Movement two (Andante grazioso) is a slow and solemn dance (certainly not a minuet, but equally clearly not a scherzo) with very plastic metrical changes, with a middle section of "night music". The opening mood somehow reminds me of the beginning of the Zweiter Teil: Im Zeitmaβ eines langsamen, feierlichen Tanzes of Hindemith's Sonata in E flat major for Violin and Piano Op. 11, No.1 (1918).

The third, and last, movement (Resoluto e fiero e con passione) of Quartet IV is structurally rather disjunct. The first violin begins with a most operatic solo—an almost-extemporaneous mad-scene. This is followed by a similar (but duo) statement on the part of the viola and cello. We proceed to a rollicking waltz, followed by a declamatory section (ca. 1:48'), which is followed by a section with many scales (ca. 3:14'), leading to a cantalena (almost reminiscent of Vaughan Williams' The Lark Ascending (1920) (ca. 3:40')), but with a very unsettling cello part (ca. 4:00'). Introspection follows; and then a recap of the operatic material (7:13'); then on to mayhem (ca. 8:00') and frolic. There is a development of the mad-scene, this time within a quodlibet or collage (ca 8:55') and a peroration starts shortly thereafter.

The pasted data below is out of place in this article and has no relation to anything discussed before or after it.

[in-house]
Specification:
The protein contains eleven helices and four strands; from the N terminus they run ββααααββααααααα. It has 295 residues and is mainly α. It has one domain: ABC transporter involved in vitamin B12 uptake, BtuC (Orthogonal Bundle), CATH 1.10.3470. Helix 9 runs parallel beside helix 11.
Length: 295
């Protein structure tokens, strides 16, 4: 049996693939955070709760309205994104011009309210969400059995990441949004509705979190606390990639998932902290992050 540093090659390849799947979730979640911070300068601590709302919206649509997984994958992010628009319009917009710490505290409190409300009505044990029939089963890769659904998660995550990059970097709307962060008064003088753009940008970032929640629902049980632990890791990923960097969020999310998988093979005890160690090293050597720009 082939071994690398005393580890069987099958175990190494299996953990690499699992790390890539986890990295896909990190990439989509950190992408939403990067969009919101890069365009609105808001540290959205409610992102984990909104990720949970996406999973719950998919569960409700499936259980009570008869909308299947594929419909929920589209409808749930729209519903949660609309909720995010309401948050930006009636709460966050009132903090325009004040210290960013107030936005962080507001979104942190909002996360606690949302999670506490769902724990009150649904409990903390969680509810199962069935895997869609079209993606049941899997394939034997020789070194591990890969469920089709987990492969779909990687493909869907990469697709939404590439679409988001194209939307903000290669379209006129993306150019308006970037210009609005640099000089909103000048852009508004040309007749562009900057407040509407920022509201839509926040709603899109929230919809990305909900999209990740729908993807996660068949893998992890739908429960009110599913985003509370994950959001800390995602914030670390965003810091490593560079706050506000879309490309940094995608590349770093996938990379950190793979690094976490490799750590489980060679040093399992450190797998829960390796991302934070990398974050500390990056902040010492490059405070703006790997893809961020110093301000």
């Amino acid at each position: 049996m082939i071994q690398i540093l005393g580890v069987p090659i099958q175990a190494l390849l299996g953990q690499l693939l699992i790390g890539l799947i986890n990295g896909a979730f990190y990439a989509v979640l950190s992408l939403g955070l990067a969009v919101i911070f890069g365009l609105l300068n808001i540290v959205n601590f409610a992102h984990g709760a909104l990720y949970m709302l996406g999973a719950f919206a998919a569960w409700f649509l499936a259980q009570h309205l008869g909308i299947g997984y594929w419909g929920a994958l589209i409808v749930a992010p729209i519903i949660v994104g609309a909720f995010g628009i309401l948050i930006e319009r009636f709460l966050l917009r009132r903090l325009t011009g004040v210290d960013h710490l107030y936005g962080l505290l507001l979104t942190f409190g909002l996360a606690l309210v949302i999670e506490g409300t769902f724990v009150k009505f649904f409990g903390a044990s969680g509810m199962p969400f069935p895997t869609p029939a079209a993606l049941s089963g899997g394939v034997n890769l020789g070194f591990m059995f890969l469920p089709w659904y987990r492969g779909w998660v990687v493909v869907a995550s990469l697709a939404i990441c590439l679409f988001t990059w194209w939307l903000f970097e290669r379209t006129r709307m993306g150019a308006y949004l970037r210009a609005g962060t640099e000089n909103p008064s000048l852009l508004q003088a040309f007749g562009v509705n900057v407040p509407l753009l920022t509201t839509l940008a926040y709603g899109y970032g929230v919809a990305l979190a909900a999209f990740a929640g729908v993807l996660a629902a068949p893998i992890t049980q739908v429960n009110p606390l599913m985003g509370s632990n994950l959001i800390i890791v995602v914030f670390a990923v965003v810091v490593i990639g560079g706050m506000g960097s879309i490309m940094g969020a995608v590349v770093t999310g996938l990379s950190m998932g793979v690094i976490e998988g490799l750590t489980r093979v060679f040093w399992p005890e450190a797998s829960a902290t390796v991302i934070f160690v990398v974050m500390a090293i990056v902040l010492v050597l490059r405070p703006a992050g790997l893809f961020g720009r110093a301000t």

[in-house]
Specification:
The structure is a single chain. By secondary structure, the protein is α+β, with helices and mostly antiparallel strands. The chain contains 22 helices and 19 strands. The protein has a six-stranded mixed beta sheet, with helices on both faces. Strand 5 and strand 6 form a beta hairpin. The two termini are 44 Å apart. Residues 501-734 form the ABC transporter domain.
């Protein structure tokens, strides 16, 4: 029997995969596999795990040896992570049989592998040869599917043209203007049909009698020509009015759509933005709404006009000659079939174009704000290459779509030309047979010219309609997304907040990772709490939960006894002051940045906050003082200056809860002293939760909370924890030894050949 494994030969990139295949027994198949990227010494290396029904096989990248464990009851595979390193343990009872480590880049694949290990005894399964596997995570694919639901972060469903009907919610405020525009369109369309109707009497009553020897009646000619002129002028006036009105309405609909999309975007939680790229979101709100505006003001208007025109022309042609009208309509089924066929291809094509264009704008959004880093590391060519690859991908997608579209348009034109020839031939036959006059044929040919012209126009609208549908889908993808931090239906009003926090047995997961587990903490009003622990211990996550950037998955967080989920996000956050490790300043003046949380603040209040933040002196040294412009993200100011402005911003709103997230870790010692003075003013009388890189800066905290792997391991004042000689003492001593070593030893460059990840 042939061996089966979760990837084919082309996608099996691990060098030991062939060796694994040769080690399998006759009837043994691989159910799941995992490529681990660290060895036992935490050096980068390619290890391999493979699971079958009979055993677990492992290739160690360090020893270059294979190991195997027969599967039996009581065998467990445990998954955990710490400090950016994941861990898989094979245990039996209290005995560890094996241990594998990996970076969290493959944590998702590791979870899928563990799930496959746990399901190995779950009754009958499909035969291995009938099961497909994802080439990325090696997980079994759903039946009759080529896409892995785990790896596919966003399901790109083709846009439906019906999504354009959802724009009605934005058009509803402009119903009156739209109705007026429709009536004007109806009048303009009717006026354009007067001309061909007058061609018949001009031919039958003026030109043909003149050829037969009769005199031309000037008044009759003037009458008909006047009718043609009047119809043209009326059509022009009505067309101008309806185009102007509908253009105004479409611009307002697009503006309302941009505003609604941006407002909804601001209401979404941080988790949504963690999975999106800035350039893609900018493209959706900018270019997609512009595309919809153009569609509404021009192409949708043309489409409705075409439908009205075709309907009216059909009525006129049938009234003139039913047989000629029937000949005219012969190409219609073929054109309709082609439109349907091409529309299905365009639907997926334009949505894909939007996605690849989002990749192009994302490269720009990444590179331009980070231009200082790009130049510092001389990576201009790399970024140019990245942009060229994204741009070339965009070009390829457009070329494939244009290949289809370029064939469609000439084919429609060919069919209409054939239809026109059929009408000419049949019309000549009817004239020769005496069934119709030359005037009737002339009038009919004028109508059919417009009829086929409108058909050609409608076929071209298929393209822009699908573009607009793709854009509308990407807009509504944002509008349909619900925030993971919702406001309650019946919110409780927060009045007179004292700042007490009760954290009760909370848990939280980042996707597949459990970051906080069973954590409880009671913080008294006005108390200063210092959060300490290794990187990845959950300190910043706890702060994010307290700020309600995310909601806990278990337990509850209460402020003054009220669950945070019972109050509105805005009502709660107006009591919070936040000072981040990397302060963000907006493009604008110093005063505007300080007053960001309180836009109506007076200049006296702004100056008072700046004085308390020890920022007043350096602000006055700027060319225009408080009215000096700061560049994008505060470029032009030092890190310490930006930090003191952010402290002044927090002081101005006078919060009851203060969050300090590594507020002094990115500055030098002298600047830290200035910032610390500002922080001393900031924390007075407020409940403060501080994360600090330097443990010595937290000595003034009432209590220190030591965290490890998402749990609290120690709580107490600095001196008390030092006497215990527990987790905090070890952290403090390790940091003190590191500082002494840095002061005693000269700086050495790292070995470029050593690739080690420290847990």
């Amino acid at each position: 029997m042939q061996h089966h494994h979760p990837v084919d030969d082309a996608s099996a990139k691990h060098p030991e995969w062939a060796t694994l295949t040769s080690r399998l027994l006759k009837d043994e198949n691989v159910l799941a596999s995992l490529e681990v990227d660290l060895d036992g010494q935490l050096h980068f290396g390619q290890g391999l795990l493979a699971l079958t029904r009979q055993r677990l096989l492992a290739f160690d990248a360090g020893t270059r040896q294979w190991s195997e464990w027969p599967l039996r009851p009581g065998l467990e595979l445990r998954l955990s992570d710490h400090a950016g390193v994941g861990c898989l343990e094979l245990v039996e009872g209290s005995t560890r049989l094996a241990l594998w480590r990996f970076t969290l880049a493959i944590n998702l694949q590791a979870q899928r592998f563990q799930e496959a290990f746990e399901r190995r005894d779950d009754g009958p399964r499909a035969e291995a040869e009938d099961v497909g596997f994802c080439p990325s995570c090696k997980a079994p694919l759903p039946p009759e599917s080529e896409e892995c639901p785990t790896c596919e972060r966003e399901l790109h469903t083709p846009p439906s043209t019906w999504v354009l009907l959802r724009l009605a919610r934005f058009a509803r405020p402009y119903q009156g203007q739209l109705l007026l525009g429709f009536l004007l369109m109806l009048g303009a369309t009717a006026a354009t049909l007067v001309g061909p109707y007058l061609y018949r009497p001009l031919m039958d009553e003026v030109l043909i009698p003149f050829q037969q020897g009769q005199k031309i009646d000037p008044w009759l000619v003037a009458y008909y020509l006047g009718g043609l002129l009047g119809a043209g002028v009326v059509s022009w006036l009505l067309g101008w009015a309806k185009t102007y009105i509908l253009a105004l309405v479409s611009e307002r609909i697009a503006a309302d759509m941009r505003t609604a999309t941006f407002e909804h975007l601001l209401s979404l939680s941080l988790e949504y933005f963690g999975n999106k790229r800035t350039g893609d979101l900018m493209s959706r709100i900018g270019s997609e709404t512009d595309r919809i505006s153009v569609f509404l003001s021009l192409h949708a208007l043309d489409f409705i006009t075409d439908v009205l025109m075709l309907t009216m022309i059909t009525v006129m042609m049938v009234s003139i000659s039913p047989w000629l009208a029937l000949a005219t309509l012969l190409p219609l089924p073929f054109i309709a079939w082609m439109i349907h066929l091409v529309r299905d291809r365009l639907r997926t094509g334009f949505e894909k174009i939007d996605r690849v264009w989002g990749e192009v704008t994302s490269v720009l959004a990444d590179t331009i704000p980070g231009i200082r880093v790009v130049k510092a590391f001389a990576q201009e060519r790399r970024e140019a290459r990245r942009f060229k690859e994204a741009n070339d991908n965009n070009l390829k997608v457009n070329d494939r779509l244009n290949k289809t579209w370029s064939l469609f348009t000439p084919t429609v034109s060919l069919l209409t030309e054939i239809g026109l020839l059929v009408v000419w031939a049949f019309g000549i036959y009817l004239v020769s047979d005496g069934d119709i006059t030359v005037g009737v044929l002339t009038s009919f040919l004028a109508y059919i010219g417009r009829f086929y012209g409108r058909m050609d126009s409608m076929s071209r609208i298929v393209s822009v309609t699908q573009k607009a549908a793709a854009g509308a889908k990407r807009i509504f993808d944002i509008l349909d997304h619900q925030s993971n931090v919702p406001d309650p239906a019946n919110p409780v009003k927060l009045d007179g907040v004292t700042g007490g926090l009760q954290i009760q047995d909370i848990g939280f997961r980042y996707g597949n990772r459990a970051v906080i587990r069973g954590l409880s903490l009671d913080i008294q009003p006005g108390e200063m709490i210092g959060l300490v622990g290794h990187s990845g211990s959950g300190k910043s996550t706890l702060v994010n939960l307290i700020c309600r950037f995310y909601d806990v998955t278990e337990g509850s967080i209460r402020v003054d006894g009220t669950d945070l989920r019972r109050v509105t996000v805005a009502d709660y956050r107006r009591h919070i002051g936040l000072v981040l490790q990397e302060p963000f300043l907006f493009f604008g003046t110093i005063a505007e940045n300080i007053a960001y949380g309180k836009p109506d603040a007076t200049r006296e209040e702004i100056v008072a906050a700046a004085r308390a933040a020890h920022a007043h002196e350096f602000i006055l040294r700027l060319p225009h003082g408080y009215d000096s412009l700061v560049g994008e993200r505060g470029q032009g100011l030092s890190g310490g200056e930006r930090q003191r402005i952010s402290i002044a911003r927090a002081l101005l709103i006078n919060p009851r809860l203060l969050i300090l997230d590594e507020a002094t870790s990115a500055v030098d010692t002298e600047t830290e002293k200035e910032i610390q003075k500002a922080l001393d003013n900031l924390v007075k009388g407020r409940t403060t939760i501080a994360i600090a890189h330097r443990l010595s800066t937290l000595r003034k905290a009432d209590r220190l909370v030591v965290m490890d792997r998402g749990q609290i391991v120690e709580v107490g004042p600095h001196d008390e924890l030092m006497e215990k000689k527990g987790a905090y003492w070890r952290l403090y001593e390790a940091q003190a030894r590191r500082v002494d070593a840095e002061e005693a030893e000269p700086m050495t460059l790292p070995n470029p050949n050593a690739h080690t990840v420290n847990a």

The score includes two different endings for the movement. We present both of these, providing two versions of the complete movement. If AS could not, to his own satisfaction, decide the final gesture, it would be at best, in the context of a CD, presumptuous of us to do so.